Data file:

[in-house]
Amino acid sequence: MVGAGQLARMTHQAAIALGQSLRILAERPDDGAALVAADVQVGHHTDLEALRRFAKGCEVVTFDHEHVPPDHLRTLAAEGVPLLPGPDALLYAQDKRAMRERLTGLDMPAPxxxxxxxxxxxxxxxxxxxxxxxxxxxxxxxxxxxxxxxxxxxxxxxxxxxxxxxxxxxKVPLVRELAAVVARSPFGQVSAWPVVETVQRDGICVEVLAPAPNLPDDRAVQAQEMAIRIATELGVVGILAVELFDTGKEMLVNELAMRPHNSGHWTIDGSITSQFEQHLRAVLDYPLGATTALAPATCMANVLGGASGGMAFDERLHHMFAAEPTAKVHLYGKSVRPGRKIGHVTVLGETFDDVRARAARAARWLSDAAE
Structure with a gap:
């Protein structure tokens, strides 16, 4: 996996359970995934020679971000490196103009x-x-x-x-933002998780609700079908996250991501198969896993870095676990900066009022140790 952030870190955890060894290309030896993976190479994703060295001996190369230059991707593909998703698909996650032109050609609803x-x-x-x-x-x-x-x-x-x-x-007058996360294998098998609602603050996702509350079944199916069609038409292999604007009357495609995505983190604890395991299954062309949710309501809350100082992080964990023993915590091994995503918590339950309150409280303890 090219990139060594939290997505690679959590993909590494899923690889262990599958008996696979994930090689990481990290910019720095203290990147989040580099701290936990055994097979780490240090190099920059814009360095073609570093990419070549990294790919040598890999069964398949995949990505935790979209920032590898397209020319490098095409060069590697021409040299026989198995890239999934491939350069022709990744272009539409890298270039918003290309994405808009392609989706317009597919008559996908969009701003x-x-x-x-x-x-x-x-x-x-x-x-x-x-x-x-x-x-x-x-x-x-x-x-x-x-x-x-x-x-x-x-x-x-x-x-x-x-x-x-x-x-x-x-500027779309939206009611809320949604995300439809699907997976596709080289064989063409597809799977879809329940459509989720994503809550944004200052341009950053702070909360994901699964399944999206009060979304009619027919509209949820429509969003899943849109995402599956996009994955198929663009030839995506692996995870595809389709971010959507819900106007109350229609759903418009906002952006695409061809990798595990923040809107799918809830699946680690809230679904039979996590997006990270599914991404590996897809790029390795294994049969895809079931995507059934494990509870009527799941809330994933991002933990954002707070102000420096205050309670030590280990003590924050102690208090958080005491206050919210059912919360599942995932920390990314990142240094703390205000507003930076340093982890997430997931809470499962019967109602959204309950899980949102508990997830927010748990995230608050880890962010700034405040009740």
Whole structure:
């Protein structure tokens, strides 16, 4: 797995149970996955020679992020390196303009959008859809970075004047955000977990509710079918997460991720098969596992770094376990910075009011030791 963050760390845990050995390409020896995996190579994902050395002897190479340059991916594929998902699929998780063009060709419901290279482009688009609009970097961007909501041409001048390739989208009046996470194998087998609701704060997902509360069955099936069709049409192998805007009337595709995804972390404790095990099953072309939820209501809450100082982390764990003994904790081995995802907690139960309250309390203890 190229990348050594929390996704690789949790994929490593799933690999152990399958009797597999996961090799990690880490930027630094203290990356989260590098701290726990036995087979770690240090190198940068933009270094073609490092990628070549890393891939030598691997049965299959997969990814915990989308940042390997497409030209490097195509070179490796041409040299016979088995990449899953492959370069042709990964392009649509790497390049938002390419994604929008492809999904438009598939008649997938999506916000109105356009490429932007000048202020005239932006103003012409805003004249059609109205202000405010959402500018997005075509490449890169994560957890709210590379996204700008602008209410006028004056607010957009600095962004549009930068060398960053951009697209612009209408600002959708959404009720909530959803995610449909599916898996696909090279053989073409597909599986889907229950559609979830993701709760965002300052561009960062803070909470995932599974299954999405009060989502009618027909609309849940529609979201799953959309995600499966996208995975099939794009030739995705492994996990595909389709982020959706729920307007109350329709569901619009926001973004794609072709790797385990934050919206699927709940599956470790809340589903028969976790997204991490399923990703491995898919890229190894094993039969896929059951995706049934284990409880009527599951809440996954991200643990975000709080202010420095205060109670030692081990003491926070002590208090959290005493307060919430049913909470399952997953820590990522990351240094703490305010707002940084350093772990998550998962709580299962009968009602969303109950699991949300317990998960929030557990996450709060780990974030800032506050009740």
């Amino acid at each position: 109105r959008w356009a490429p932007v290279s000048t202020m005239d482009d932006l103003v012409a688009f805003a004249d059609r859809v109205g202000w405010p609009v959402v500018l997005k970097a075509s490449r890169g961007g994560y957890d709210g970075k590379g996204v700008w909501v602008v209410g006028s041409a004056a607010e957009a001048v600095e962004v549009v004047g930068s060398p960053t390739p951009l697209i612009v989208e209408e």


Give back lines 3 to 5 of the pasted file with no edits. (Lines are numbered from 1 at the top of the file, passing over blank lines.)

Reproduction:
Structure with a gap:
């Protein structure tokens, strides 16, 4: 996996359970995934020679971000490196103009x-x-x-x-933002998780609700079908996250991501198969896993870095676990900066009022140790 952030870190955890060894290309030896993976190479994703060295001996190369230059991707593909998703698909996650032109050609609803x-x-x-x-x-x-x-x-x-x-x-007058996360294998098998609602603050996702509350079944199916069609038409292999604007009357495609995505983190604890395991299954062309949710309501809350100082992080964990023993915590091994995503918590339950309150409280303890 090219990139060594939290997505690679959590993909590494899923690889262990599958008996696979994930090689990481990290910019720095203290990147989040580099701290936990055994097979780490240090190099920059814009360095073609570093990419070549990294790919040598890999069964398949995949990505935790979209920032590898397209020319490098095409060069590697021409040299026989198995890239999934491939350069022709990744272009539409890298270039918003290309994405808009392609989706317009597919008559996908969009701003x-x-x-x-x-x-x-x-x-x-x-x-x-x-x-x-x-x-x-x-x-x-x-x-x-x-x-x-x-x-x-x-x-x-x-x-x-x-x-x-x-x-x-x-500027779309939206009611809320949604995300439809699907997976596709080289064989063409597809799977879809329940459509989720994503809550944004200052341009950053702070909360994901699964399944999206009060979304009619027919509209949820429509969003899943849109995402599956996009994955198929663009030839995506692996995870595809389709971010959507819900106007109350229609759903418009906002952006695409061809990798595990923040809107799918809830699946680690809230679904039979996590997006990270599914991404590996897809790029390795294994049969895809079931995507059934494990509870009527799941809330994933991002933990954002707070102000420096205050309670030590280990003590924050102690208090958080005491206050919210059912919360599942995932920390990314990142240094703390205000507003930076340093982890997430997931809470499962019967109602959204309950899980949102508990997830927010748990995230608050880890962010700034405040009740």
Whole structure: